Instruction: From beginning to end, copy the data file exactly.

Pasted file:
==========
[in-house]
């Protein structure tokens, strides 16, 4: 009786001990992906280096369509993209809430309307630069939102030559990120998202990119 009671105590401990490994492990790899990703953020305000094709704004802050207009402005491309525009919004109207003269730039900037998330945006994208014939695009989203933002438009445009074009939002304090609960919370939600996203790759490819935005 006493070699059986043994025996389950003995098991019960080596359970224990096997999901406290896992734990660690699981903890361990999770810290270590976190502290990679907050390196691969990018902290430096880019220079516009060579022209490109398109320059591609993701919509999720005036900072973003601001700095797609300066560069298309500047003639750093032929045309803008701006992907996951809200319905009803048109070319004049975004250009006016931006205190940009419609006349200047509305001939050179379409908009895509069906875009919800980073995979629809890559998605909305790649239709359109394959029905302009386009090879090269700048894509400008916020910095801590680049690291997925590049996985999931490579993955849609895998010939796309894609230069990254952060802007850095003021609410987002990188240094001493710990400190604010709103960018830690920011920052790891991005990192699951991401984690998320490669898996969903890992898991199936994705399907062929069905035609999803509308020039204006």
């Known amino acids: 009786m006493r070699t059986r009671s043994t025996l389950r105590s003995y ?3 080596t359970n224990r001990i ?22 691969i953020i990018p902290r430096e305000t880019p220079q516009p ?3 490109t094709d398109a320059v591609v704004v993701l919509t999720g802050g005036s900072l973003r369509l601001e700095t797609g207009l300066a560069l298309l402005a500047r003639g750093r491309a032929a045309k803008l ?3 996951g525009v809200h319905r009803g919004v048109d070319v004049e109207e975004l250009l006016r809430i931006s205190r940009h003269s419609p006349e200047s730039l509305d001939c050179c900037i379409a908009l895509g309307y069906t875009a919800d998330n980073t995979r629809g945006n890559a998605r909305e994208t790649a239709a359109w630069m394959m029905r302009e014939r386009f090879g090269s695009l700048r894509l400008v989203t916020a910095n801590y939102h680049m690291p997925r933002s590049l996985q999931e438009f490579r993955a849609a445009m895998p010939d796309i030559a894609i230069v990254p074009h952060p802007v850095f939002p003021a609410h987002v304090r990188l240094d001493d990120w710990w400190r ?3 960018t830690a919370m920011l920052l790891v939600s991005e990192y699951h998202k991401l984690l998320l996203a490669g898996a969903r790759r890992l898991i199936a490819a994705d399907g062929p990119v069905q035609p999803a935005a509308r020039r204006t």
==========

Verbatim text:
[in-house]
């Protein structure tokens, strides 16, 4: 009786001990992906280096369509993209809430309307630069939102030559990120998202990119 009671105590401990490994492990790899990703953020305000094709704004802050207009402005491309525009919004109207003269730039900037998330945006994208014939695009989203933002438009445009074009939002304090609960919370939600996203790759490819935005 006493070699059986043994025996389950003995098991019960080596359970224990096997999901406290896992734990660690699981903890361990999770810290270590976190502290990679907050390196691969990018902290430096880019220079516009060579022209490109398109320059591609993701919509999720005036900072973003601001700095797609300066560069298309500047003639750093032929045309803008701006992907996951809200319905009803048109070319004049975004250009006016931006205190940009419609006349200047509305001939050179379409908009895509069906875009919800980073995979629809890559998605909305790649239709359109394959029905302009386009090879090269700048894509400008916020910095801590680049690291997925590049996985999931490579993955849609895998010939796309894609230069990254952060802007850095003021609410987002990188240094001493710990400190604010709103960018830690920011920052790891991005990192699951991401984690998320490669898996969903890992898991199936994705399907062929069905035609999803509308020039204006």
């Known amino acids: 009786m006493r070699t059986r009671s043994t025996l389950r105590s003995y ?3 080596t359970n224990r001990i ?22 691969i953020i990018p902290r430096e305000t880019p220079q516009p ?3 490109t094709d398109a320059v591609v704004v993701l919509t999720g802050g005036s900072l973003r369509l601001e700095t797609g207009l300066a560069l298309l402005a500047r003639g750093r491309a032929a045309k803008l ?3 996951g525009v809200h319905r009803g919004v048109d070319v004049e109207e975004l250009l006016r809430i931006s205190r940009h003269s419609p006349e200047s730039l509305d001939c050179c900037i379409a908009l895509g309307y069906t875009a919800d998330n980073t995979r629809g945006n890559a998605r909305e994208t790649a239709a359109w630069m394959m029905r302009e014939r386009f090879g090269s695009l700048r894509l400008v989203t916020a910095n801590y939102h680049m690291p997925r933002s590049l996985q999931e438009f490579r993955a849609a445009m895998p010939d796309i030559a894609i230069v990254p074009h952060p802007v850095f939002p003021a609410h987002v304090r990188l240094d001493d990120w710990w400190r ?3 960018t830690a919370m920011l920052l790891v939600s991005e990192y699951h998202k991401l984690l998320l996203a490669g898996a969903r790759r890992l898991i199936a490819a994705d399907g062929p990119v069905q035609p999803a935005a509308r020039r204006t």